Snow is falling, the roads are icy and the thermometer nears zero. Your poor dog looks mournfully out the window and back to you, as if pleading for you to make the winter weather go away so he can play outside again. Regardless of what’s going on outside your house, your indoor dog needs daily exercise to help him stay fit and healthy. When the weather is too cold to stay outside long, improvise ways to help him expend his extra energy indoors.
Playing indoor games with your dog is an easy way to help him blow off his pent-up energy without having to venture outdoors. Locate a good space to play fetch and clear the path of all obstacles before you start, as you don’t want your German shepherd tearing down the hallway and knocking over tables and your children to get his toy. A few times a day, grab your dog’s favorite toy and get his attention. Once he’s quivering with excitement to play with you, hurl it down the hallway and watch him sprint after it. Several good throws and ensuing wild chases can blow off a lot of steam and keep your dog from going stir-crazy from being cooped up inside.
Hide-and-seek is another classic game you can play indoors. It comes with the added benefit of being very versatile in the variety of things you can hide. For starters, hide some morsels of food or doggie treats in relatively easy to find places. Once he smells what you’ve hidden, your dog will work off some energy trying to find and consume the goodies. You can also play hide-and-seek with a toy by sneaking it under a rug or in a corner and instructing your dog to find it. For the most hands-on approach to this game, up the ante by hiding yourself and having your dog locate you.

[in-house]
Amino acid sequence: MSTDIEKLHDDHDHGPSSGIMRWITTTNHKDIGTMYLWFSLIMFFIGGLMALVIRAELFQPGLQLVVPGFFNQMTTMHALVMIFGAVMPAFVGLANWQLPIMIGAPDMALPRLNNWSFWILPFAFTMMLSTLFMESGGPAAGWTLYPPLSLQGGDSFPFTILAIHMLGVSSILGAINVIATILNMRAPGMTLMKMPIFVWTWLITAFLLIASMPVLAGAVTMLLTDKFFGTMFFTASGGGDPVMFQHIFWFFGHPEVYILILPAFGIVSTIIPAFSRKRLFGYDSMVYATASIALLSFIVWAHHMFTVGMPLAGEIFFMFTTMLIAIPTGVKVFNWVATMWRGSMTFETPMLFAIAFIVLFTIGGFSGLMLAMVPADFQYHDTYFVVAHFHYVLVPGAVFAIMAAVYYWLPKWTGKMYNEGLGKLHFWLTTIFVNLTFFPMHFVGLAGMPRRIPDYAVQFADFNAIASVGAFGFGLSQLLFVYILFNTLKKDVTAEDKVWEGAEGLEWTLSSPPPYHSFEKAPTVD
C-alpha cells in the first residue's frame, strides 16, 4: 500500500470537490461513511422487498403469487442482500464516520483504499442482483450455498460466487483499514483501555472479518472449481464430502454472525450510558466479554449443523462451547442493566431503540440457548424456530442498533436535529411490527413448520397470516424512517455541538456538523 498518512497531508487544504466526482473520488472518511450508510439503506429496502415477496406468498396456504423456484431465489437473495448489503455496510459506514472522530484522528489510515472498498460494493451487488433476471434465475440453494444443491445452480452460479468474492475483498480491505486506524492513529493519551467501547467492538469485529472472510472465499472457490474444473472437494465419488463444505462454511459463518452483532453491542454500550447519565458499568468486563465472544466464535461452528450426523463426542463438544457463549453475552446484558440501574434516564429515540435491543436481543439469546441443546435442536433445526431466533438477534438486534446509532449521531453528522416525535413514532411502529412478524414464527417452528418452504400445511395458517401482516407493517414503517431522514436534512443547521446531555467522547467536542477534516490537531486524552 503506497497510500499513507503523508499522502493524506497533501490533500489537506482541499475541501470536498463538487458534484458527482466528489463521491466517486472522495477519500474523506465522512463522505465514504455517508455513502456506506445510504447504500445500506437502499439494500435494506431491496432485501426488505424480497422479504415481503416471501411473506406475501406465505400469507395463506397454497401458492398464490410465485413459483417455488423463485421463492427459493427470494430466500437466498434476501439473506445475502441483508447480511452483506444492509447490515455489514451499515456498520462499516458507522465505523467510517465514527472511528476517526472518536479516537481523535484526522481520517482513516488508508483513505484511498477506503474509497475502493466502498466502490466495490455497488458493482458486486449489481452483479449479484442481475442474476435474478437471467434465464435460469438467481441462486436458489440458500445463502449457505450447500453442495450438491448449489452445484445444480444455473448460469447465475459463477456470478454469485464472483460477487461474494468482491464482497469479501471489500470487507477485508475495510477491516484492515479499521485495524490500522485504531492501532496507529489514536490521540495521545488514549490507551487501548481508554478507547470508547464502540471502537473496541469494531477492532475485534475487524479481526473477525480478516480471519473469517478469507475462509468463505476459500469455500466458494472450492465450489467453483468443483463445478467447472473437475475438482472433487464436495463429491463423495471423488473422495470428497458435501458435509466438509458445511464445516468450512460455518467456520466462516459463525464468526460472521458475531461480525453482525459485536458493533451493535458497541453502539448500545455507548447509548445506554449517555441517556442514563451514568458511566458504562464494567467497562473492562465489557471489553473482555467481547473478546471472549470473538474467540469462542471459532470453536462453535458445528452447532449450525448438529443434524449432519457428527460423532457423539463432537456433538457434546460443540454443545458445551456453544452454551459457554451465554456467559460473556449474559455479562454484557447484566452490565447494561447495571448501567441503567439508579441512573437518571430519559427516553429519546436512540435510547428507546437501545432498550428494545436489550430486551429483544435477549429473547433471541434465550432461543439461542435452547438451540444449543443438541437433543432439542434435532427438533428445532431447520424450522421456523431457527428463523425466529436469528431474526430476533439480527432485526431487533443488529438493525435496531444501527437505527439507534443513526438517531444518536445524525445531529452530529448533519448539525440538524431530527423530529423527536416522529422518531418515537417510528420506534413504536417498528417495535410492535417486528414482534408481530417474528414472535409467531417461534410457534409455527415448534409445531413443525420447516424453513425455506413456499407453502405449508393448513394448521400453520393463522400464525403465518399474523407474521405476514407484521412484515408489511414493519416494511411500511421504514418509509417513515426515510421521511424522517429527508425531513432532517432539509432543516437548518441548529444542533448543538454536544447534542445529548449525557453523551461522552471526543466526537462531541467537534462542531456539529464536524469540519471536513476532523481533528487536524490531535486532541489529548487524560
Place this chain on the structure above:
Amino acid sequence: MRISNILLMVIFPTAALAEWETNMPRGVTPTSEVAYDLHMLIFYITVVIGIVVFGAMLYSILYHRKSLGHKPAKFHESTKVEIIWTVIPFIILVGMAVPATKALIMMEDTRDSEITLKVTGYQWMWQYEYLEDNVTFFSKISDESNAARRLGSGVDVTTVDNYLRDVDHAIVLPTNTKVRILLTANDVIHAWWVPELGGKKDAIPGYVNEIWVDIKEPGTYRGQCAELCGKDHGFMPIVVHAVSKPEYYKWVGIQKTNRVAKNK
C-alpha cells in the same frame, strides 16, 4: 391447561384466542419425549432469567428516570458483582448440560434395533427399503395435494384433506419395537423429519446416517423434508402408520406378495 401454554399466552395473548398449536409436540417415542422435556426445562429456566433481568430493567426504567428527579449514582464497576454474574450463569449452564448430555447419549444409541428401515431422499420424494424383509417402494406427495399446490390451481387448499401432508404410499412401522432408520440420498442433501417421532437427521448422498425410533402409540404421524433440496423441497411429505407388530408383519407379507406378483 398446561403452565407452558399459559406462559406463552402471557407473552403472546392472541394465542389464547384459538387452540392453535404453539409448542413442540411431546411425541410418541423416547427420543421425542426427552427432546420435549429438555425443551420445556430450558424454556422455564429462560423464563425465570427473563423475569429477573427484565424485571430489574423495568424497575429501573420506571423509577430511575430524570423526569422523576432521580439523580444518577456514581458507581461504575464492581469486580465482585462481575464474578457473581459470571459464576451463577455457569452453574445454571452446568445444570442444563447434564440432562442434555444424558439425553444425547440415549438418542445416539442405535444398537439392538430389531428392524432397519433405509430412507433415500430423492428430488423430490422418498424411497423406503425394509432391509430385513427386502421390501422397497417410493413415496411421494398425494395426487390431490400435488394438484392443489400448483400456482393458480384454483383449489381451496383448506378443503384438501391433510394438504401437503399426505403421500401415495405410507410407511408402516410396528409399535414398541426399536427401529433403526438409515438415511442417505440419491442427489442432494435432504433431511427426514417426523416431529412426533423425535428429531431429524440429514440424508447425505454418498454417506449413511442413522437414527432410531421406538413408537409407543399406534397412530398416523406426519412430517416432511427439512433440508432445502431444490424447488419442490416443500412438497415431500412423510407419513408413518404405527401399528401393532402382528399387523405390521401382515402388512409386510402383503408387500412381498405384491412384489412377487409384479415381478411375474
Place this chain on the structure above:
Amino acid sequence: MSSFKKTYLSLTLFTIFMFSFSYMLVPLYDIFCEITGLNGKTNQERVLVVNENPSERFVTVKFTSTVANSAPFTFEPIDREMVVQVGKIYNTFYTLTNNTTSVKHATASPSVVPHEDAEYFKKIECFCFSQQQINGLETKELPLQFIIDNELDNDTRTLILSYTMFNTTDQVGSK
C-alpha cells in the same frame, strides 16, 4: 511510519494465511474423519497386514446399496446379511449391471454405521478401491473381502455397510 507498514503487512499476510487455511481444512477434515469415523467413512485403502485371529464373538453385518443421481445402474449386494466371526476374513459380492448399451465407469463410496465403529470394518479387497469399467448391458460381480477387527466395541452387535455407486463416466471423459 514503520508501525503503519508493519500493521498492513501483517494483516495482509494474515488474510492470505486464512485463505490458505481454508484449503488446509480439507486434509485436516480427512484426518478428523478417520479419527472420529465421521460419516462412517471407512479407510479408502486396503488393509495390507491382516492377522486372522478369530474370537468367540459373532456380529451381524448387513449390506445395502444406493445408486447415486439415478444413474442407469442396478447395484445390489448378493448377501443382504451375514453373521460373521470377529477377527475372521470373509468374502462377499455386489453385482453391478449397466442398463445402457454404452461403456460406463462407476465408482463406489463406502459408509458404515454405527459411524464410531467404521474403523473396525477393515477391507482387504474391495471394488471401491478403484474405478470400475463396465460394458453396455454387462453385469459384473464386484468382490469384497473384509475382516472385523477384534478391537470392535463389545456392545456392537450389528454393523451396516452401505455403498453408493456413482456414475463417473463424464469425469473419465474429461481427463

Another idea to keep your dog active and entertained during cold weather is to participate in a doggie class. Sign up for an agility or obedience class to maximize the indoor activities you can do with your dog. As long as you can get to the class location in cold weather, these dog classes are a great way to engage your dog’s intellect and help him expend his extra energy. Classes usually have the added benefit of allowing for some socialization with other dogs and owners, and you can apply the tricks and tips you learn in class after you get home.
Brave the freezing weather with your dog for at least a few minutes a day. Though there are ways to keep your dog active in cold weather, he still needs fresh air and aerobic exercise. Unless you have a small dog that you’ve trained to eliminate on paper towels or a cat’s litter box, you have to get him outside several times a day to do his business anyway. Just bundle up in extra socks and jackets, make sure you’ve got a grip on his leash even with three pairs of gloves on, and step outside. While he’s finding a place to potty, walk with him briskly around the yard a few times. Turning your dog’s bathroom breaks into short walks is a great way to keep him active in the winter.
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